Tech Ending ‘Groundhog Day’ One Smart City at a Time 

Cities such as Dallas are looking for ways to improve efficiencies in how they operate by turning to technology and becoming "Smart Cities."

smart city

Editor’s note: This is the first in a series exploring the work underway in the Dallas region to weave Smart City technologies into our daily lives.

Phil Connors: Do you ever have déjà vu, Mrs. Lancaster?

Mrs. Lancaster: I don’t think so, but I could check with the kitchen.

In the film Groundhog Day, Bill Murray’s character, Phil, stumbles into the same dumb, sloshy pothole, and relives the same, miserable day in Punxsutawney, Pennsylvania, for an eon. Eventually, he avoids the slop, gets the girl, and leaves the rodent and Mrs. Lancaster in his rearview mirror forever.

Millions of North Texans (and others) are reliving dumb days kind of like that (wasting cash on heating or cooling their empty homes, getting blind-sided by texting drivers, paying to fluoridate thousands of gallons of city water that’s spewing into some crevice, etc.).

As sure as karma is the mortal enemy of egocentric weathermen, dumb things — traffic jams, wasted water, lost car keys — will one day be in our collective rearview mirror.

This is the story of how one day, we will step over that Punxsutawney pothole, and wake up in a Smart City.


Sounds almost too good to be true: living in a place where people will no longer be subject to things happening to them. But it’s already happening here — in Dallas — literally in our front yards.

As sure as karma is the mortal enemy of egocentric weathermen, dumb things — traffic jams, wasted water, lost car keys — will one day be in our collective rearview mirror.

Rather than tolerating burglaries or thieves stealing packages left at their front doors, neighbors — maybe even you — now monitor homes with smart doorbells, which act as motion-activated security cams.

Rather than wasting money on cooling or heating their homes when they’re not home, people have smart thermostats such as the Nest, which learn what temperatures people prefer at certain times and days.

Rather than allowing customers to circle their parking garages like vultures, the folks at NorthPark Center and Dallas Fort Worth International Airport have installed sensor-activated lights that tell drivers where open parking spots are located.

Many of these wiz-bang features — gunshot and pothole detection — are the fruits of data collected from sensors, from gadgets, and from the people who love them.Rather than answering 911 calls of shots fired in Brooklyn and trusting their luck or ballpark guesses, the New York Police Department installed microphones across the borough that pick up sounds that could be gunshots, and use the data to triangulate their origin.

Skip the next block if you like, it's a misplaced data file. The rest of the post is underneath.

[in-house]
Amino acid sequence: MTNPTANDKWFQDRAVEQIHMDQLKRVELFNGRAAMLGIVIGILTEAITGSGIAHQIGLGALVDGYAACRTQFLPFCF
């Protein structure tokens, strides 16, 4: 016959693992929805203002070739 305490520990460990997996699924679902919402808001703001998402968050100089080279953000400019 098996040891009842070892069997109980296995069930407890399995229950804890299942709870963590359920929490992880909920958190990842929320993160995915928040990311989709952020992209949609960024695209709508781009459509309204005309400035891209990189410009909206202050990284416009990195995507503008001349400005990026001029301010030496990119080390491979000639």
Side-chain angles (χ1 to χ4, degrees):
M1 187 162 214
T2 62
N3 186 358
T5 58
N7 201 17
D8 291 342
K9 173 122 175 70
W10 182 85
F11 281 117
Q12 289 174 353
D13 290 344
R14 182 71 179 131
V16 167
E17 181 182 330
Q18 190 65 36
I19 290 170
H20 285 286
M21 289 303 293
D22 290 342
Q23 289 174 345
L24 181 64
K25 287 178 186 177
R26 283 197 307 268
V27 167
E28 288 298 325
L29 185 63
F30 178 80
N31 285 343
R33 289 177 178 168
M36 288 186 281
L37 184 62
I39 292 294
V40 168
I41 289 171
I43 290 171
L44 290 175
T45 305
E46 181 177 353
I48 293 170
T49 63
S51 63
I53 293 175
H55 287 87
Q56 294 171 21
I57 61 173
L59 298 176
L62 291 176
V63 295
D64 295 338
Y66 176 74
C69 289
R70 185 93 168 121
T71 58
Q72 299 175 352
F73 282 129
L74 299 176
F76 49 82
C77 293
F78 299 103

Technology is also a voracious consumer of data, which is proliferating at an astronomical rate thanks to the smartphones/Fitbits constantly at our sides, the vehicles we drive, and the information-sucking gadgets around us we might not even know about.


The technology a Smart City focuses on says a lot about it.

In India, scientists are developing sensors, video cameras, and software to predict flash floods before they can ruin millions of lives. Traffic-centric places such as Dallas, Houston, and Atlanta are incorporating sensors and computers into traffic control systems, to monitor and improve traffic flow.

In Sao Paulo, Brazil, municipal government leaders knew of farmers’ desire to sell their produce to city residents (who number about 20 million) and to restaurants. So, city leaders proposed an online marketplace that would connect sellers with buyers. The city is now working with a $5 million grant from the Bloomberg Philanthropies Mayors Challenge to implement that idea.

The technology a Smart City focuses on says a lot about it.

The residents of Yokohama, Japan, were struggling with air pollution in 2010 when government leaders teamed up with Toyota, Toshiba, and other interests to reduce CO2 emissions by using a computer system that learns energy consumption habits at each household on the grid, and adjusts accordingly. They also introduced large solar generators at more than 200 locations across the city, and deployed thousands of electric cars on city streets. The program expanded beyond its pilot area, and energy consumption has dropped.

In Santander, Spain, the European Union installed thousands of sensors to measure everything from garbage levels in public trashcans to controlling the intensity of street lighting, based on the presence of people. As a result, both energy and garbage pickup costs have dropped by at least 20 percent.